Armed with a love of Rocket From The Crypt and (the) Misfits, Peterborough punk ‘n’ rollers The Moonshiners are set to slap you in the jaw with a potent, riff-heavy sound on their untitled 2017 EP . Their self-financed release serves up half an album’s worth of raw and dirty noise and couples the best riffs with a few top-notch hooks, which results in an unmissable listen for fans of the style.
In the run up to the release of this cassette, Bleeders had been steadily building a following on the live circuit on their home turf of Pennsylvania and the surrounding areas. That sort of makes sense since they have a sound that would surely work much better live; on record, their no-frills, no-wave, distorted, zero budget approach is hellishly ugly. So much so, that it makes label mates The Meltaways seem like a manufactured, multi-million dollar, radio groomed pop rock trio by direct comparison. The recording of ‘Gash’ is so raw and unrelentingly grotesque, it borders on being unlistenable. Looking at it another way, it’s so hard going, that’s an achievement in itself.
Dogstrum? Dog? Strum? It’s true – all the great band names are spoken for. You’d have to wonder how many other supposedly worse names this Seattle band discounted before deciding that Dogstrum would be their best. Luckily, though, for this particular power trio, their music shows more than a glimmer of greatness. Labelled ‘grump-punk’ (whatever that might mean) by a local paper, their sound is hard and dirty, energetic and sometimes raw in spirit, though fidelity-wise, these six tracks are well recorded with plenty of punch in all the right places.
Coach N Commando are a two-piece act that are almost the dictionary definition of the word niche. These self-styled country punks create a raw sound that sounds like the deformed mutation of Lux Interior, Reverend Horton Heat and a toothless bluegrass hobo. Their 2016 release – their first for Brooklyn’s King Pizza label – is both intricate and ferocious; ugly and smart. Long standing fans will recognise a few tracks reworked from previous records, but rest assured that the re-recordings are an improvement at every turn. The eight songs that make up ‘FBP!K!K!’ play like disastrous musical travelogues retold via a telegram from a previous generation. With bad motels, dirt roads and broken relationships at the core, it’s like everything and nothing you’d expect from such an unholy alliance of sounds.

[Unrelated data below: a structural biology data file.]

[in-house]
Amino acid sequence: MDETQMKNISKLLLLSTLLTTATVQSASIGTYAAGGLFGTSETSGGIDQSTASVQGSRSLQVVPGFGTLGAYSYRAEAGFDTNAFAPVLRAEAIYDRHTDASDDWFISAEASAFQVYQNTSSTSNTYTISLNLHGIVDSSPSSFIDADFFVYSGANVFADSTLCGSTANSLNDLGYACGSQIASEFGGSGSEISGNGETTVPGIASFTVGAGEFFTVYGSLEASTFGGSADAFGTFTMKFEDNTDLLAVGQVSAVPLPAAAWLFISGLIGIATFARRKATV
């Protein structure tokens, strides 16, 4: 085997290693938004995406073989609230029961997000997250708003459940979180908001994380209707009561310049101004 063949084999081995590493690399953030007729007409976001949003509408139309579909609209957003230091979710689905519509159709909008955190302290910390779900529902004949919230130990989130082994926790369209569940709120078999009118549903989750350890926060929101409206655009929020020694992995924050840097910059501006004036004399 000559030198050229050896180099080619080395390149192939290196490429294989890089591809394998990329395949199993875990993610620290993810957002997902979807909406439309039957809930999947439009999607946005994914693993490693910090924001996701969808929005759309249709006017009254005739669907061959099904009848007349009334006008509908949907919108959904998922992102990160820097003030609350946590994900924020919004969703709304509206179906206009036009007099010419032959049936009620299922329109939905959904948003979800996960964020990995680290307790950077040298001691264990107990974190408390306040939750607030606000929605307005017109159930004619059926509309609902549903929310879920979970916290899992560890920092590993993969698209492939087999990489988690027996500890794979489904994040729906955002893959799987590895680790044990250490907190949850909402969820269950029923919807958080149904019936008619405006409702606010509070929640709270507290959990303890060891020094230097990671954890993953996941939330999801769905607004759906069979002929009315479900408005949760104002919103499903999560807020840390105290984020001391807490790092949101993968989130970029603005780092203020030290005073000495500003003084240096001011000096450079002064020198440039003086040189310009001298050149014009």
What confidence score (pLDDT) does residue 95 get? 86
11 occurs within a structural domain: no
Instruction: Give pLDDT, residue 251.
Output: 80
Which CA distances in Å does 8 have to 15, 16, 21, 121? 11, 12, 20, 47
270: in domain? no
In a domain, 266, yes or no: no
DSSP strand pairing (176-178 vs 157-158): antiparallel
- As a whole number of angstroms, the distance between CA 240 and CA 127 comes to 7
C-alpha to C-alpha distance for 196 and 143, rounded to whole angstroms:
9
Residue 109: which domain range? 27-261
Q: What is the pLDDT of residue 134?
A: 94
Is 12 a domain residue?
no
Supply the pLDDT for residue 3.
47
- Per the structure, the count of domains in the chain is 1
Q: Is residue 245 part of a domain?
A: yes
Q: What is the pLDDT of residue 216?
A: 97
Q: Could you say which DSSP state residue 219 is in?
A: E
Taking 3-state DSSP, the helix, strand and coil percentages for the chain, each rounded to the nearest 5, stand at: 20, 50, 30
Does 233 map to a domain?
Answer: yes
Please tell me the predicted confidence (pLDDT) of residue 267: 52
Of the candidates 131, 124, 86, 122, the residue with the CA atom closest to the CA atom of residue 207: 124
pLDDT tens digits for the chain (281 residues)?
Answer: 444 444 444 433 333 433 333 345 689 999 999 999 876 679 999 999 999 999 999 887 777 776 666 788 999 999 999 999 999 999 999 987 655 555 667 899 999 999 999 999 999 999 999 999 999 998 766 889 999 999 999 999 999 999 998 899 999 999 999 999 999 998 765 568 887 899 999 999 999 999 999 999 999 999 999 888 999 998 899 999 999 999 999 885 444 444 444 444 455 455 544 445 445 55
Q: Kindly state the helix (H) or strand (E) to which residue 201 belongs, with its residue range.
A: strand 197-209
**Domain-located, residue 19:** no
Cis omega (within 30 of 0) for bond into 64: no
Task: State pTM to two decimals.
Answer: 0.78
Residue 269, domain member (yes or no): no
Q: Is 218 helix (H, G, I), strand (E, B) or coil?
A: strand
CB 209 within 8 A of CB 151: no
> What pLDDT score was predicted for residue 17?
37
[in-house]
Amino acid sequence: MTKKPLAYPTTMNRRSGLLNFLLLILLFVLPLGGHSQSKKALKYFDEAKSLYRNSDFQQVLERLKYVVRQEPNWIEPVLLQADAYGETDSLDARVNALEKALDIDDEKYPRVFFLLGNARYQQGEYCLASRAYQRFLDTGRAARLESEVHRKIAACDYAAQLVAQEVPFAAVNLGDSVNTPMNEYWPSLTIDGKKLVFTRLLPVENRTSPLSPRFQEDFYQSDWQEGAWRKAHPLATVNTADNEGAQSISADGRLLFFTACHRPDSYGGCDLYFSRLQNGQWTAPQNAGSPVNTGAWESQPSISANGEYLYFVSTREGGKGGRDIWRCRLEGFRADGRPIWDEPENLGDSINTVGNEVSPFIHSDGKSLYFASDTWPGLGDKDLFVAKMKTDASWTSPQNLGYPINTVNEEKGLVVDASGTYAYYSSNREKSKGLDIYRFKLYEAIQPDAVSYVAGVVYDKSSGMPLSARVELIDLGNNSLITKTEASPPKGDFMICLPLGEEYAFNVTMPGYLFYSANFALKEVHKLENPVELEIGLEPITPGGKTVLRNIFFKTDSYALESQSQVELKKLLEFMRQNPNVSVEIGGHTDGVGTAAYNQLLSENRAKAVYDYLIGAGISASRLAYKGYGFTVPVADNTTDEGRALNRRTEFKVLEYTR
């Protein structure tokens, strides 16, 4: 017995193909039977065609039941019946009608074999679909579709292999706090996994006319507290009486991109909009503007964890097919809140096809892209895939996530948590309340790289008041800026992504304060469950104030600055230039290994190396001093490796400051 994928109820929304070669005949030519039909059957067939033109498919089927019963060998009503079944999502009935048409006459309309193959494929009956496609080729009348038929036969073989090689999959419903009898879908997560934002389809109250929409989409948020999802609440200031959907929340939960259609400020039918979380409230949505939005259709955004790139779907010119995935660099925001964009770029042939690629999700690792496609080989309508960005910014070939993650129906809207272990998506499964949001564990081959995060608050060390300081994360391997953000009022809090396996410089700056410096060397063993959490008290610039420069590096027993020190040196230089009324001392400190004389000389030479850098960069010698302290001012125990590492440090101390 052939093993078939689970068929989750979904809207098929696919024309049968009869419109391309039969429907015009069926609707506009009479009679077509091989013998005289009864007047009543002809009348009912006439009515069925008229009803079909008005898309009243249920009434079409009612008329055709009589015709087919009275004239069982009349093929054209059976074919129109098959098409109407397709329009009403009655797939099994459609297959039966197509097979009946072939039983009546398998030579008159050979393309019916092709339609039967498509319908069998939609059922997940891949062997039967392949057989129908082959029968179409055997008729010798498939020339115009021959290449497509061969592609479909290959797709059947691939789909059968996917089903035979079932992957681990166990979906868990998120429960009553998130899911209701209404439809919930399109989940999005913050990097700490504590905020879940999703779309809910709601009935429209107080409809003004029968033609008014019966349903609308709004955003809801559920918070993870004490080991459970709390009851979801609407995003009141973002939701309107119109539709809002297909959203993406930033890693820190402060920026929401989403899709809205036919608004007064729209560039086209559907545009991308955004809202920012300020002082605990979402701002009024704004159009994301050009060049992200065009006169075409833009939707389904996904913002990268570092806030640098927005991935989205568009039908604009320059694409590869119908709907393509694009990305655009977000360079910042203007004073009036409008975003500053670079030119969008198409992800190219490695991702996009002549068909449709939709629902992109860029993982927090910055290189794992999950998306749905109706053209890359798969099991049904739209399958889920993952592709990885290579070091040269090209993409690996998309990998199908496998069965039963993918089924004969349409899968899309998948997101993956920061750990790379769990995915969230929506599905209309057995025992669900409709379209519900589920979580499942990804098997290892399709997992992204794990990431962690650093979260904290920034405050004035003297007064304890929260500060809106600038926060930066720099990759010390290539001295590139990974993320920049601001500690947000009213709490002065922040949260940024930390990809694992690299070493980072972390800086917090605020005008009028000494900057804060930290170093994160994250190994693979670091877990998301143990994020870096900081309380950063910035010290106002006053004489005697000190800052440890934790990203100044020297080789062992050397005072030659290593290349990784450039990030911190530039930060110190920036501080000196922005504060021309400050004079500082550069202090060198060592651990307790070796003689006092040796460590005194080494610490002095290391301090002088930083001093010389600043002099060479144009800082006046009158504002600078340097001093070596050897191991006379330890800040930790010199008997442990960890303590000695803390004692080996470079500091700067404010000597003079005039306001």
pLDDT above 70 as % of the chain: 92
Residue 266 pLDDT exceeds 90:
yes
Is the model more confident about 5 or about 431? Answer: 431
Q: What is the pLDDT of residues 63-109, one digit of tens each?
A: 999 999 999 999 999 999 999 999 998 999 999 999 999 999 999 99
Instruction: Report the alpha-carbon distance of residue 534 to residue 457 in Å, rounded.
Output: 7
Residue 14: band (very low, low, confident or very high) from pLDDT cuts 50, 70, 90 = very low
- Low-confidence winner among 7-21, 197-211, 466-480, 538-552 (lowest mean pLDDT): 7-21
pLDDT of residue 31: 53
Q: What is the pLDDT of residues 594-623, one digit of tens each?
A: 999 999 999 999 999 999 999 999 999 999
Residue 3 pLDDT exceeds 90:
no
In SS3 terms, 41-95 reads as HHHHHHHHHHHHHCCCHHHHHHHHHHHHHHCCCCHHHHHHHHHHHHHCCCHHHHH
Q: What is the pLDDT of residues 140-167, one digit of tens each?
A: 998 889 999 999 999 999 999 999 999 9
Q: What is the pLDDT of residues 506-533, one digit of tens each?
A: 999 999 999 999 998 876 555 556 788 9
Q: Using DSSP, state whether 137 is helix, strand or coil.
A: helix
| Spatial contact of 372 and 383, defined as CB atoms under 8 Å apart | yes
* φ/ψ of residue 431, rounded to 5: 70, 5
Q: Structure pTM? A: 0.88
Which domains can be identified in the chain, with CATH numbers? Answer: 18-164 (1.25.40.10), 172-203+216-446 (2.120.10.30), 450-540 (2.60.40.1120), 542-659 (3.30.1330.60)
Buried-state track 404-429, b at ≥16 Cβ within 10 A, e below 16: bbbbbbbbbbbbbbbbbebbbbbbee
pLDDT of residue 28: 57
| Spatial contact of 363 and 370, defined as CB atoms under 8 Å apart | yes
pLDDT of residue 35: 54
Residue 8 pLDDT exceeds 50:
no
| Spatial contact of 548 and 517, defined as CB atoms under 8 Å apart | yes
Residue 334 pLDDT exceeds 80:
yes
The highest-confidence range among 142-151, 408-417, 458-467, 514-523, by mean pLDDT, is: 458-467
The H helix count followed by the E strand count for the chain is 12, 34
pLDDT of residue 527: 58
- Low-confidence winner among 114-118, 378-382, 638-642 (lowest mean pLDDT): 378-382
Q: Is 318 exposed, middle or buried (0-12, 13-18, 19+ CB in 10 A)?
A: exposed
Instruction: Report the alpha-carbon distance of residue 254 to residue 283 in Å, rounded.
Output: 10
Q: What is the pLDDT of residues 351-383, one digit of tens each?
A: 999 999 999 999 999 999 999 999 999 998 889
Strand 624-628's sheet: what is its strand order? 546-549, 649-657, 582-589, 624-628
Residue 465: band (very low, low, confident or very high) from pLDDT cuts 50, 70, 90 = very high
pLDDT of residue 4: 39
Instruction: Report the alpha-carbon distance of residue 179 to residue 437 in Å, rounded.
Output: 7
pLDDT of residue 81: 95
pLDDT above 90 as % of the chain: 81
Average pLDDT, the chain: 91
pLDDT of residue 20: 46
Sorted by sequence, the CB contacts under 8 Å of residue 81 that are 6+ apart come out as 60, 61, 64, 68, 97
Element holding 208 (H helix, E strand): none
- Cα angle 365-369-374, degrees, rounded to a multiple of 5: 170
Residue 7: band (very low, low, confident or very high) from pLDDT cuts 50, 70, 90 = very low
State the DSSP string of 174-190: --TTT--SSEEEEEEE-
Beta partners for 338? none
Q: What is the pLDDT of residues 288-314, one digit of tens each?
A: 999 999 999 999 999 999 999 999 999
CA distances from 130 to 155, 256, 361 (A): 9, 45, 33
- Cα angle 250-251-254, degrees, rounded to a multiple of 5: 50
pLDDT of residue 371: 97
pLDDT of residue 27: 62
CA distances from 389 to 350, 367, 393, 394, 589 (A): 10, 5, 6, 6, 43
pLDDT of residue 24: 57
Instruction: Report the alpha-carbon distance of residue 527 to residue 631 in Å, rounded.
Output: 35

If you imagine the sounds of proto-punk from 1975 transferred via Sweden, you’ll know almost instinctively how this release from Nightmen sounds. This Scandinavian quartet dish up some really honest and authentic music on this audio love letter to the days of New York Dolls and the Ramones’ debut; the twelve tracks crammed into under half an hour showcases the sounds of leather and sweat, with a little camp trash thrown in for good measure. In short, ‘Fifteen Minutes of Pain’ might be heavy on the recycling, but the energy combined with a knack for hooks and riffs makes it an essential listen.